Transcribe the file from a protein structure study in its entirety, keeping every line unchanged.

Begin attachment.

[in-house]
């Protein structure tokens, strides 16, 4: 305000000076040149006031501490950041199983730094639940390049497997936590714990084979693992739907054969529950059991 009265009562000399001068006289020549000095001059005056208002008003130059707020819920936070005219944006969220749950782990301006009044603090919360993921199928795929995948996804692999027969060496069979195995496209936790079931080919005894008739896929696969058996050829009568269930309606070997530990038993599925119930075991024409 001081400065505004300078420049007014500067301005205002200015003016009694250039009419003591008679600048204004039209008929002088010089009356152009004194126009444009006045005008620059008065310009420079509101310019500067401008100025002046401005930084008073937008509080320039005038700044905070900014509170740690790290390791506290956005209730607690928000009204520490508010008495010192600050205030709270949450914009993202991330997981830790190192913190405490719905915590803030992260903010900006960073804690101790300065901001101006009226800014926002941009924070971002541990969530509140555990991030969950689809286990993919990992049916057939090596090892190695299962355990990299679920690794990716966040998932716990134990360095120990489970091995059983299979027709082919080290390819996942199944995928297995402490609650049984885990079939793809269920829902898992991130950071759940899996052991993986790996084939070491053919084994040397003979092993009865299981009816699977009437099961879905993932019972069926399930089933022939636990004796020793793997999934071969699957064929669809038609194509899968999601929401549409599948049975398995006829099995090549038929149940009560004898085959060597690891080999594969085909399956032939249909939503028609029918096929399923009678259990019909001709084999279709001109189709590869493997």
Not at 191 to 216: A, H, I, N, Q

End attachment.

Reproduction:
[in-house]
């Protein structure tokens, strides 16, 4: 305000000076040149006031501490950041199983730094639940390049497997936590714990084979693992739907054969529950059991 009265009562000399001068006289020549000095001059005056208002008003130059707020819920936070005219944006969220749950782990301006009044603090919360993921199928795929995948996804692999027969060496069979195995496209936790079931080919005894008739896929696969058996050829009568269930309606070997530990038993599925119930075991024409 001081400065505004300078420049007014500067301005205002200015003016009694250039009419003591008679600048204004039209008929002088010089009356152009004194126009444009006045005008620059008065310009420079509101310019500067401008100025002046401005930084008073937008509080320039005038700044905070900014509170740690790290390791506290956005209730607690928000009204520490508010008495010192600050205030709270949450914009993202991330997981830790190192913190405490719905915590803030992260903010900006960073804690101790300065901001101006009226800014926002941009924070971002541990969530509140555990991030969950689809286990993919990992049916057939090596090892190695299962355990990299679920690794990716966040998932716990134990360095120990489970091995059983299979027709082919080290390819996942199944995928297995402490609650049984885990079939793809269920829902898992991130950071759940899996052991993986790996084939070491053919084994040397003979092993009865299981009816699977009437099961879905993932019972069926399930089933022939636990004796020793793997999934071969699957064929669809038609194509899968999601929401549409599948049975398995006829099995090549038929149940009560004898085959060597690891080999594969085909399956032939249909939503028609029918096929399923009678259990019909001709084999279709001109189709590869493997």
Not at 191 to 216: A, H, I, N, Q